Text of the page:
ZURICH • UBS Group cut its 2016 bonus pool and lowered chief executive officer Sergio Ermotti's pay, after a year where profit plunged. The bank also restated net income for the year to reflect an agreement in principle to settle a legal case.
The bonus pool dropped by 17 per cent to 2.9 billion Swiss francs (S$4.11 billion), from 3.5 billion francs, the bank said in its annual report yesterday.
Mr Ermotti, 56, remains the highest-paid executive at UBS, with a total compensation of 13.7 million francs - down from the 14.3 million francs he received in 2015.
That includes 10.9 million francs in variable compensation for his fifth full year in the top job.
"2016 was another challenging year for the industry and UBS, marked by macroeconomic uncertainty, geopolitical tensions and divisive politics, which adversely affected client sentiment," chairman Axel Weber said in a letter to shareholders provided in the report.
UBS got off to a rough start last year, as market volatility took a big bite out of profit. Then, as 2016 drew to a close, the bank missed out on a rally in bond trading, largely as a result of its post-crisis strategy.
UBS said it had reached an agreement in principle this month with the National Credit Union Association to settle a case relating to mortgage-backed securities before the financial crisis.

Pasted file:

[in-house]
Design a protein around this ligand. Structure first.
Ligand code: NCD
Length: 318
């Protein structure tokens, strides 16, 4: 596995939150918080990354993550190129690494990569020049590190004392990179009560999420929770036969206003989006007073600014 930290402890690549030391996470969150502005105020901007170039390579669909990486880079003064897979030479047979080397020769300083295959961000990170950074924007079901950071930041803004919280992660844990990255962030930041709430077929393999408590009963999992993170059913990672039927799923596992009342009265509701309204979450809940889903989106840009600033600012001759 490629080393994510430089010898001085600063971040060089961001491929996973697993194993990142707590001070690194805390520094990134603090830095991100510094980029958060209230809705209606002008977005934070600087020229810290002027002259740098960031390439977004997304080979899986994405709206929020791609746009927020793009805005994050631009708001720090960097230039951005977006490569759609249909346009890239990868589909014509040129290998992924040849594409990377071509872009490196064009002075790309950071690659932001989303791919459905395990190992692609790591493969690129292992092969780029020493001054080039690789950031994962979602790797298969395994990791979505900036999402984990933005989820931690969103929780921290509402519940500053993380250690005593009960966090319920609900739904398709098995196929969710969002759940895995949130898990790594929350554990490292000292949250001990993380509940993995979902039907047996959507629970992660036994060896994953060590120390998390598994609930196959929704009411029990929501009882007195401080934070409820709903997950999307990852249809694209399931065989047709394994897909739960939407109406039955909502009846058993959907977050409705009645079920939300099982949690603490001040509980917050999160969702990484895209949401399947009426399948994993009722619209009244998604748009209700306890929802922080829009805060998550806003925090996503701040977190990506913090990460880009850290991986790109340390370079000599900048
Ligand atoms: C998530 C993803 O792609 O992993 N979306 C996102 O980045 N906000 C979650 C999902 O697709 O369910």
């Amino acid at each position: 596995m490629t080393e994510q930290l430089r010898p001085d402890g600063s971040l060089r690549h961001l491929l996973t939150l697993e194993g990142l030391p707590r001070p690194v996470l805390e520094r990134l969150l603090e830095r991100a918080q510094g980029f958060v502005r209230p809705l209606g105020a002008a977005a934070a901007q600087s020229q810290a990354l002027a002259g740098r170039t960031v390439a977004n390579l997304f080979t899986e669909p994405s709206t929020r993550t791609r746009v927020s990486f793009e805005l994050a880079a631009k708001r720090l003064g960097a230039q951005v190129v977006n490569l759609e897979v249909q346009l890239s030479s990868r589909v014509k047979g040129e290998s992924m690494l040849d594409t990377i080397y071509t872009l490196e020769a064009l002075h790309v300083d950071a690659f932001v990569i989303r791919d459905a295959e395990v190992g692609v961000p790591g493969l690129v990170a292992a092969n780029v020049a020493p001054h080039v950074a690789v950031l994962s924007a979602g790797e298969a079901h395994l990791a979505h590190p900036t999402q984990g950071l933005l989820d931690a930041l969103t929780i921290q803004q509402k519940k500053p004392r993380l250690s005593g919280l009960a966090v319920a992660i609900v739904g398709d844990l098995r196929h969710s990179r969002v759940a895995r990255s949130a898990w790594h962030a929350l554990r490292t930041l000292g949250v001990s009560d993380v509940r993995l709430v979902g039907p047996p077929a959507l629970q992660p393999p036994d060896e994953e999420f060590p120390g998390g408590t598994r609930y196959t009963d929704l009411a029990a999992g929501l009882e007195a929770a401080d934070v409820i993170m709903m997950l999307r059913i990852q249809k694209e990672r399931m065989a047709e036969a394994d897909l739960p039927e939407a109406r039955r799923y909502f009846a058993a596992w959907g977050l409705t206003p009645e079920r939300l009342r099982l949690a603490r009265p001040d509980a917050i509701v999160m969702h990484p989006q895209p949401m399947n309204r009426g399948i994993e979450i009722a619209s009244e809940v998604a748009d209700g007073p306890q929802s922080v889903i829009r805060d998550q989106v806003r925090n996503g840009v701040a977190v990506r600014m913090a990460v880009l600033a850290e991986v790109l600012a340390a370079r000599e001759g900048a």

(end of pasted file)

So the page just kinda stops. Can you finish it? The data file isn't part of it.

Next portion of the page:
That cut net income in the full year by 102 million francs, to 3.2 billion francs.
While UBS does not break down its bonus pool by division, investment bank chief Andrea Orcel has said his business did not do as well last year as it had the year before.
UBS moved decisively in 2012 to pare back much of its fixed-income business to focus on wealth management.
The latter suffered last year from a reluctance among the very rich to put their money to work in investments because of uncertainty over the direction of markets. Pre-tax profit for the group fell to 4.2 billion francs, from 5.5 billion francs in 2015.
Employees at other banks also are looking at smaller pay cheques this year.
Hit by legal expenses, Deutsche Bank has slashed its bonus pool by almost 80 per cent, a figure unmatched in the bank's recent history.
HSBC Holdings and Barclays reduced their bonus pools by 12 per cent and 1 per cent respectively, while Credit Suisse Group has yet to disclose its pay policies for last year.